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Additionally, there has been substantial reduction in the overall stock of external debt. “Preliminary information indicates that the country's external debt stock stood at $1.5 billion as at end of December 2006, a reduction of 65 percent from the end of 2005 stock of $4.5 billion.” It is worthwhile to note that this on the other hand represents a rise of over 200 percent when considered along side the debt stock of $502 million as at July 2006.
What are the remaining challenges the country faces?
Zambia is currently facing four main challenges:
FIRST, there is a new generation of debt crisis which directly threatens the benefits of debt cancellation and stands in the way of attainment of the MDGs. This is clear in something Zambia is experiencing at just this moment — the impact of the Vulture Funds! Commercial debt creditors like Mr. Michael Sheehan and his company Donegal International are preying off the benefits of debt relief from impoverished countries like Zambia that now find they must be paying huge amounts of money on old debts, even though most debts have been cancelled!
Campaign efforts to shame Sheehan into withdrawing his vulture tactics probably won't bring about much change. But campaigns to get the G8, World Bank, the IMF and other major actors to prevent such harmful tactics must be stepped up. Otherwise, the relief experienced by poor debtor countries will be short-lived!
SECOND, Zambia is going back into debt again, and at a very disturbing rate! Headlines in the local newspapers regularly tell us that "Zambia Lands Big Money," or "China Gives Zambia Many Millions." Well, this "big money" or "gifts" are often not coming by way of grants but by way of loans.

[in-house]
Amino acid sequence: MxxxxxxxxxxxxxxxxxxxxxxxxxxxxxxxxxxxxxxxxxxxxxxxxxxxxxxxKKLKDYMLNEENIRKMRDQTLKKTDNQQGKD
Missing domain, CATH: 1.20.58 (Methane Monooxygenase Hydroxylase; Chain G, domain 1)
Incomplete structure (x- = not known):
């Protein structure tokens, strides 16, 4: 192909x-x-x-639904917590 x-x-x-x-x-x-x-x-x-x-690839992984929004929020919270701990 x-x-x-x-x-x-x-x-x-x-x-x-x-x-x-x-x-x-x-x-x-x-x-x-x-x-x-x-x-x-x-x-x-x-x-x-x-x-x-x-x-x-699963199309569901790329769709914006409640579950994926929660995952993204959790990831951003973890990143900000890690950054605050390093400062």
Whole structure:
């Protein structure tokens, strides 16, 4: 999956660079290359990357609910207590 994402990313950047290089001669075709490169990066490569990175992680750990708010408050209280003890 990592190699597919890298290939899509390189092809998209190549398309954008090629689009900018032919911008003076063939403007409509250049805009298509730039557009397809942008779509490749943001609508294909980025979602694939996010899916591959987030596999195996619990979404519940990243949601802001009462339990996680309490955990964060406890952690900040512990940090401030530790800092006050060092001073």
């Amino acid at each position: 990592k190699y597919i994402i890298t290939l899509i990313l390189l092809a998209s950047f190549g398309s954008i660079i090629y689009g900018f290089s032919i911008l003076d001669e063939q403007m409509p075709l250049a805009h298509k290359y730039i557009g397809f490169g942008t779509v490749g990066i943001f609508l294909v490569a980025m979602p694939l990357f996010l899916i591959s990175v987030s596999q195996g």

Perhaps highly concessional loans to be paid back over many years, with little interest. But they are still loans, going into the debt side of our national accounting ledgers. Between July 2006 to December 2006 external debt rose from $502 million to $1.5 billion. Through the struggle and sacrifice of the HIPC era, Zambia dropped from a total debt of over $7 billion to around $500 million. But in the space of six months (July to December 2006), Zambia's debt stock grew by over 200 percent, pushing us back beyond the $1 billion-mark.
So campaign efforts are needed for two things: (1) demand for more grants and fewer loans, and (2) more openness about the quality and conditions of any new loans.
THIRD, there is need for greater transparency in the use of resources freed up by debt cancellation.
Going through the turmoil and trials of the HIPC arrangements — e.g., wage freezes, budget austerities, etc. — Zambian citizens were promised better services in health and education because money would no longer be diverted to servicing debts.